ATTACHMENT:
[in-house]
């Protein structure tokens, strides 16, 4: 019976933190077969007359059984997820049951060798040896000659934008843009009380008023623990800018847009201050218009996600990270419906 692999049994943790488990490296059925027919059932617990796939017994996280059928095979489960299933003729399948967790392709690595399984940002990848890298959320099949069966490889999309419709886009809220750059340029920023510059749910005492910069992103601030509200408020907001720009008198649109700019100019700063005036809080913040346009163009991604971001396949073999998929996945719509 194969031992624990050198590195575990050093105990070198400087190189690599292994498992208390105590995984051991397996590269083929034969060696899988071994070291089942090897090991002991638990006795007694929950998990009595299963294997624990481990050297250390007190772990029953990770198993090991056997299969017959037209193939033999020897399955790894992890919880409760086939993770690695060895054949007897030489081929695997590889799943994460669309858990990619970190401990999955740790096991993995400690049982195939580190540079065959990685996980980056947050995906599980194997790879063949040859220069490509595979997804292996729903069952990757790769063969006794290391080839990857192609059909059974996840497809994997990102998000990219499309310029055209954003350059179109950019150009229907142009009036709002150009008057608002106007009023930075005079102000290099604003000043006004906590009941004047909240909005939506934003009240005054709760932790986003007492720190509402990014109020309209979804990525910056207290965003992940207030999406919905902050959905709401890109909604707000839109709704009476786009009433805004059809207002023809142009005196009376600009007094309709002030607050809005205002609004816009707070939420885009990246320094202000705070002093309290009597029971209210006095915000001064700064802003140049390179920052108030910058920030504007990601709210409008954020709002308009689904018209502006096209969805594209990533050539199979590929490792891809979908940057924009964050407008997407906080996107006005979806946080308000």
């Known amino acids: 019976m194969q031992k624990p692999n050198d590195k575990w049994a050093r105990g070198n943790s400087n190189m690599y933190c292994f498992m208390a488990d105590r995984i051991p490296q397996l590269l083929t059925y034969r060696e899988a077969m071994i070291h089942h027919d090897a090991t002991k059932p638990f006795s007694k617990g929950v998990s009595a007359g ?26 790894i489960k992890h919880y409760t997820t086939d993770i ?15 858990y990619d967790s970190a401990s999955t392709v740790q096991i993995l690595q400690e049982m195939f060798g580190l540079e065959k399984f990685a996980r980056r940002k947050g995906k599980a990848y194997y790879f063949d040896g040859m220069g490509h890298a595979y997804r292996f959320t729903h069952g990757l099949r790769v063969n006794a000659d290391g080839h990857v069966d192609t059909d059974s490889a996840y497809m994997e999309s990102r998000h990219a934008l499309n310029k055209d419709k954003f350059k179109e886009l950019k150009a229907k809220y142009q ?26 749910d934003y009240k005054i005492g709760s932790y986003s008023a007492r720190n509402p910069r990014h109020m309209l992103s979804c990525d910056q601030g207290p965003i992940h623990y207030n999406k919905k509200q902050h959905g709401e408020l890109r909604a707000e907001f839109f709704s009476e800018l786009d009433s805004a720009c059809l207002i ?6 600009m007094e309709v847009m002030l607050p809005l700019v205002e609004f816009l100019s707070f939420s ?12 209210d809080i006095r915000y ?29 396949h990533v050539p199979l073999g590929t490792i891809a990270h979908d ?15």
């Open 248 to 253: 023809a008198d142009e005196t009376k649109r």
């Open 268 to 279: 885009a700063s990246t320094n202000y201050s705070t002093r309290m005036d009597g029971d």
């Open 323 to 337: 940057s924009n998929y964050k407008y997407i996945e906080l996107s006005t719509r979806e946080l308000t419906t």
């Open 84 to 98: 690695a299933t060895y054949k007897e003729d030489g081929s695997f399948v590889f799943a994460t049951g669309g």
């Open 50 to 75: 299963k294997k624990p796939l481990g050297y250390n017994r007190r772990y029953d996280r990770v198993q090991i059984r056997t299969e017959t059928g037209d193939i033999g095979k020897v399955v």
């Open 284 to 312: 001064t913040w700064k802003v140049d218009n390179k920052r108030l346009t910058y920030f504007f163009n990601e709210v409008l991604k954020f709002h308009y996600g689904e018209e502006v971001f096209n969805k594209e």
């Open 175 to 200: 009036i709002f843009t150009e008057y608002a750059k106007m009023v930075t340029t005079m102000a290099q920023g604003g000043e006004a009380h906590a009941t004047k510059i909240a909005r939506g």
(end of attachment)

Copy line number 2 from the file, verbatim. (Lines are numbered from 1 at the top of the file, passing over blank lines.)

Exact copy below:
């Protein structure tokens, strides 16, 4: 019976933190077969007359059984997820049951060798040896000659934008843009009380008023623990800018847009201050218009996600990270419906 692999049994943790488990490296059925027919059932617990796939017994996280059928095979489960299933003729399948967790392709690595399984940002990848890298959320099949069966490889999309419709886009809220750059340029920023510059749910005492910069992103601030509200408020907001720009008198649109700019100019700063005036809080913040346009163009991604971001396949073999998929996945719509 194969031992624990050198590195575990050093105990070198400087190189690599292994498992208390105590995984051991397996590269083929034969060696899988071994070291089942090897090991002991638990006795007694929950998990009595299963294997624990481990050297250390007190772990029953990770198993090991056997299969017959037209193939033999020897399955790894992890919880409760086939993770690695060895054949007897030489081929695997590889799943994460669309858990990619970190401990999955740790096991993995400690049982195939580190540079065959990685996980980056947050995906599980194997790879063949040859220069490509595979997804292996729903069952990757790769063969006794290391080839990857192609059909059974996840497809994997990102998000990219499309310029055209954003350059179109950019150009229907142009009036709002150009008057608002106007009023930075005079102000290099604003000043006004906590009941004047909240909005939506934003009240005054709760932790986003007492720190509402990014109020309209979804990525910056207290965003992940207030999406919905902050959905709401890109909604707000839109709704009476786009009433805004059809207002023809142009005196009376600009007094309709002030607050809005205002609004816009707070939420885009990246320094202000705070002093309290009597029971209210006095915000001064700064802003140049390179920052108030910058920030504007990601709210409008954020709002308009689904018209502006096209969805594209990533050539199979590929490792891809979908940057924009964050407008997407906080996107006005979806946080308000």